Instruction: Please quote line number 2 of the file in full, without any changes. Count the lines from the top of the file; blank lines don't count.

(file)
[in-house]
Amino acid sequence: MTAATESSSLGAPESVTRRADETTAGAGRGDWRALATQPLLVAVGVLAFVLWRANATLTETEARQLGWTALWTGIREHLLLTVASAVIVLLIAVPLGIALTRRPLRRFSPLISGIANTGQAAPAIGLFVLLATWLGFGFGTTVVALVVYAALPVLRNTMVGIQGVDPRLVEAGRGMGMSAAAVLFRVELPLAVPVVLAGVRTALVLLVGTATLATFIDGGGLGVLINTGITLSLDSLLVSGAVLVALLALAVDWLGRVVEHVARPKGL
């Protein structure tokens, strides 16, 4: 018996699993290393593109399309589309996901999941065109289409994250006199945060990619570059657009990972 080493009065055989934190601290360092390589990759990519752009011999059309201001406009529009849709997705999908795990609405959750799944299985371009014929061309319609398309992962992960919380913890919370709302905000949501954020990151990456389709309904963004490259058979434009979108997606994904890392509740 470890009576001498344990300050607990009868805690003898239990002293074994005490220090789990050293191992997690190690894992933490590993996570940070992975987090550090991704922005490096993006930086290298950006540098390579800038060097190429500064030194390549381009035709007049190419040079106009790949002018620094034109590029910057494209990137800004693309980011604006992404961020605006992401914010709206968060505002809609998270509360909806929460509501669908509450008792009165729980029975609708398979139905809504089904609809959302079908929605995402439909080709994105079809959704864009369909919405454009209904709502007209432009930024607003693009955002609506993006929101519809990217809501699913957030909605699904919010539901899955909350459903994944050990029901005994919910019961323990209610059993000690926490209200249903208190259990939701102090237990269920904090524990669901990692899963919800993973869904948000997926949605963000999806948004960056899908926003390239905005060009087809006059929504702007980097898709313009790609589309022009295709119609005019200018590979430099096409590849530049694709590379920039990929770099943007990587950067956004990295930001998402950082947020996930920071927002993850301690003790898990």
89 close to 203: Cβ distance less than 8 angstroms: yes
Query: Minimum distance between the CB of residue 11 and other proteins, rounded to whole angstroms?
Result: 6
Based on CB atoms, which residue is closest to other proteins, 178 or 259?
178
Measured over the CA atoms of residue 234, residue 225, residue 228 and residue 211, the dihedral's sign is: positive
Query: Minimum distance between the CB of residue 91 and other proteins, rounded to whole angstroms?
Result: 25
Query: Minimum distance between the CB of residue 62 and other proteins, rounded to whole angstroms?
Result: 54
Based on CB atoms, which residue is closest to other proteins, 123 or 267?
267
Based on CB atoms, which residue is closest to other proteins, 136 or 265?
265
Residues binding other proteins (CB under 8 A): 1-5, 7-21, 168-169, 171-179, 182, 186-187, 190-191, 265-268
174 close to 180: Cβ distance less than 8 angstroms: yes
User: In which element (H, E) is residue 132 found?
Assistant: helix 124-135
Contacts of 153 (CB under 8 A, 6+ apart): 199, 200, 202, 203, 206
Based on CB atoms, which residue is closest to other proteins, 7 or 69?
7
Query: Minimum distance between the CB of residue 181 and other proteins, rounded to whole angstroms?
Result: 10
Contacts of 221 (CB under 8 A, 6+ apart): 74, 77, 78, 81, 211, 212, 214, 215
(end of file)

Amino acid sequence: MTAATESSSLGAPESVTRRADETTAGAGRGDWRALATQPLLVAVGVLAFVLWRANATLTETEARQLGWTALWTGIREHLLLTVASAVIVLLIAVPLGIALTRRPLRRFSPLISGIANTGQAAPAIGLFVLLATWLGFGFGTTVVALVVYAALPVLRNTMVGIQGVDPRLVEAGRGMGMSAAAVLFRVELPLAVPVVLAGVRTALVLLVGTATLATFIDGGGLGVLINTGITLSLDSLLVSGAVLVALLALAVDWLGRVVEHVARPKGL